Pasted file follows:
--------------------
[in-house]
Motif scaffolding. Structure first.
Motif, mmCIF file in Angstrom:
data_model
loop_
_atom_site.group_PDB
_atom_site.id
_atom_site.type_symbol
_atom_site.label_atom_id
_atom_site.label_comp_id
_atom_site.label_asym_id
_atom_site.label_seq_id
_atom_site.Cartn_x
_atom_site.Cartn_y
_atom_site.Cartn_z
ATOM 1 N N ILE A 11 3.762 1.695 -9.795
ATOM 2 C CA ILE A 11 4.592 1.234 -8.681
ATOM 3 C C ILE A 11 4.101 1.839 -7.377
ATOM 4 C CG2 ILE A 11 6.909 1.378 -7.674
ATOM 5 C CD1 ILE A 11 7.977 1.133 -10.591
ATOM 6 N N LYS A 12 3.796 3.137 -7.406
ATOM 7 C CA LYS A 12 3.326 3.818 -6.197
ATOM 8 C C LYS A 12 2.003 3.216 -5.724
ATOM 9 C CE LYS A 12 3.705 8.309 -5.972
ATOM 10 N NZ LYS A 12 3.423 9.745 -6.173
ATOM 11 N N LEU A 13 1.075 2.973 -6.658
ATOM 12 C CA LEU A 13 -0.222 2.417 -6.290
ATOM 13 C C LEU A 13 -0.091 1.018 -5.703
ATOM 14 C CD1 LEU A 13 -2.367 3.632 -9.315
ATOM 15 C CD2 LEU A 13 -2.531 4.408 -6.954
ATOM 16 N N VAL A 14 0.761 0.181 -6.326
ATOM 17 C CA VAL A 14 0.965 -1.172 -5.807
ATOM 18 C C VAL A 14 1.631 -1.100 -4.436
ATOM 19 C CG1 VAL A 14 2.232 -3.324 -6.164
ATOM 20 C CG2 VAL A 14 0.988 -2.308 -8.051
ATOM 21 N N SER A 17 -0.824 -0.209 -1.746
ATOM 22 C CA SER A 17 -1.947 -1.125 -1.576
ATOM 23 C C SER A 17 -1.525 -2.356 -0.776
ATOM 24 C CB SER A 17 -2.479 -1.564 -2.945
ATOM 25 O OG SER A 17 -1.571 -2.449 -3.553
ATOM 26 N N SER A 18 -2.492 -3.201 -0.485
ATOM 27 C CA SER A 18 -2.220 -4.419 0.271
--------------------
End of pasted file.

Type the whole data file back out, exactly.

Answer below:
[in-house]
Motif scaffolding. Structure first.
Motif, mmCIF file in Angstrom:
data_model
loop_
_atom_site.group_PDB
_atom_site.id
_atom_site.type_symbol
_atom_site.label_atom_id
_atom_site.label_comp_id
_atom_site.label_asym_id
_atom_site.label_seq_id
_atom_site.Cartn_x
_atom_site.Cartn_y
_atom_site.Cartn_z
ATOM 1 N N ILE A 11 3.762 1.695 -9.795
ATOM 2 C CA ILE A 11 4.592 1.234 -8.681
ATOM 3 C C ILE A 11 4.101 1.839 -7.377
ATOM 4 C CG2 ILE A 11 6.909 1.378 -7.674
ATOM 5 C CD1 ILE A 11 7.977 1.133 -10.591
ATOM 6 N N LYS A 12 3.796 3.137 -7.406
ATOM 7 C CA LYS A 12 3.326 3.818 -6.197
ATOM 8 C C LYS A 12 2.003 3.216 -5.724
ATOM 9 C CE LYS A 12 3.705 8.309 -5.972
ATOM 10 N NZ LYS A 12 3.423 9.745 -6.173
ATOM 11 N N LEU A 13 1.075 2.973 -6.658
ATOM 12 C CA LEU A 13 -0.222 2.417 -6.290
ATOM 13 C C LEU A 13 -0.091 1.018 -5.703
ATOM 14 C CD1 LEU A 13 -2.367 3.632 -9.315
ATOM 15 C CD2 LEU A 13 -2.531 4.408 -6.954
ATOM 16 N N VAL A 14 0.761 0.181 -6.326
ATOM 17 C CA VAL A 14 0.965 -1.172 -5.807
ATOM 18 C C VAL A 14 1.631 -1.100 -4.436
ATOM 19 C CG1 VAL A 14 2.232 -3.324 -6.164
ATOM 20 C CG2 VAL A 14 0.988 -2.308 -8.051
ATOM 21 N N SER A 17 -0.824 -0.209 -1.746
ATOM 22 C CA SER A 17 -1.947 -1.125 -1.576
ATOM 23 C C SER A 17 -1.525 -2.356 -0.776
ATOM 24 C CB SER A 17 -2.479 -1.564 -2.945
ATOM 25 O OG SER A 17 -1.571 -2.449 -3.553
ATOM 26 N N SER A 18 -2.492 -3.201 -0.485
ATOM 27 C CA SER A 18 -2.220 -4.419 0.271